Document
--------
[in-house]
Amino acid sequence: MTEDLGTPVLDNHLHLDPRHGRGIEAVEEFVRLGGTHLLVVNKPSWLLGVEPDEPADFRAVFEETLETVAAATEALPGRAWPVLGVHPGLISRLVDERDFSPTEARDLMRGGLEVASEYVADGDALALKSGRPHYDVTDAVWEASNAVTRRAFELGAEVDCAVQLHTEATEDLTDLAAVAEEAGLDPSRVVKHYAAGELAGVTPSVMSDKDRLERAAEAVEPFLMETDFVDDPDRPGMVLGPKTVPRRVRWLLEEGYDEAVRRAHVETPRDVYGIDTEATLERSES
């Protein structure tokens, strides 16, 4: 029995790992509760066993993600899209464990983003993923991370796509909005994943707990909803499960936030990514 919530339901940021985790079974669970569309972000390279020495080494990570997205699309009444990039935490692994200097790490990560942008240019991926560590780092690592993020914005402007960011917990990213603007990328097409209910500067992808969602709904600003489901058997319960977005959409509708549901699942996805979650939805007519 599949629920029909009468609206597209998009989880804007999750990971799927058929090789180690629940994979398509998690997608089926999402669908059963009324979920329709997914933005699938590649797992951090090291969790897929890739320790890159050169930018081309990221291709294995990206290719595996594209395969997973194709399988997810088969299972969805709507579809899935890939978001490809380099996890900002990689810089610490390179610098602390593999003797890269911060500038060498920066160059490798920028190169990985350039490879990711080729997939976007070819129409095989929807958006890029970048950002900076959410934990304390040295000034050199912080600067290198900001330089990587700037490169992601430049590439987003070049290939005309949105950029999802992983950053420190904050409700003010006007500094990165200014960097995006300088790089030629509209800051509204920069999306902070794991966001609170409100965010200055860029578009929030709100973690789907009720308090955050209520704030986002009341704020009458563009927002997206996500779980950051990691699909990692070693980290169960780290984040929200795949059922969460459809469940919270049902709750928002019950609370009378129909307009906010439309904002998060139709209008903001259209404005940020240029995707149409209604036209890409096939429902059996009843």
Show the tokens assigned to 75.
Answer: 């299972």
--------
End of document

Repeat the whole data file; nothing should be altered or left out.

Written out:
[in-house]
Amino acid sequence: MTEDLGTPVLDNHLHLDPRHGRGIEAVEEFVRLGGTHLLVVNKPSWLLGVEPDEPADFRAVFEETLETVAAATEALPGRAWPVLGVHPGLISRLVDERDFSPTEARDLMRGGLEVASEYVADGDALALKSGRPHYDVTDAVWEASNAVTRRAFELGAEVDCAVQLHTEATEDLTDLAAVAEEAGLDPSRVVKHYAAGELAGVTPSVMSDKDRLERAAEAVEPFLMETDFVDDPDRPGMVLGPKTVPRRVRWLLEEGYDEAVRRAHVETPRDVYGIDTEATLERSES
């Protein structure tokens, strides 16, 4: 029995790992509760066993993600899209464990983003993923991370796509909005994943707990909803499960936030990514 919530339901940021985790079974669970569309972000390279020495080494990570997205699309009444990039935490692994200097790490990560942008240019991926560590780092690592993020914005402007960011917990990213603007990328097409209910500067992808969602709904600003489901058997319960977005959409509708549901699942996805979650939805007519 599949629920029909009468609206597209998009989880804007999750990971799927058929090789180690629940994979398509998690997608089926999402669908059963009324979920329709997914933005699938590649797992951090090291969790897929890739320790890159050169930018081309990221291709294995990206290719595996594209395969997973194709399988997810088969299972969805709507579809899935890939978001490809380099996890900002990689810089610490390179610098602390593999003797890269911060500038060498920066160059490798920028190169990985350039490879990711080729997939976007070819129409095989929807958006890029970048950002900076959410934990304390040295000034050199912080600067290198900001330089990587700037490169992601430049590439987003070049290939005309949105950029999802992983950053420190904050409700003010006007500094990165200014960097995006300088790089030629509209800051509204920069999306902070794991966001609170409100965010200055860029578009929030709100973690789907009720308090955050209520704030986002009341704020009458563009927002997206996500779980950051990691699909990692070693980290169960780290984040929200795949059922969460459809469940919270049902709750928002019950609370009378129909307009906010439309904002998060139709209008903001259209404005940020240029995707149409209604036209890409096939429902059996009843």
Show the tokens assigned to 75.
Answer: 């299972």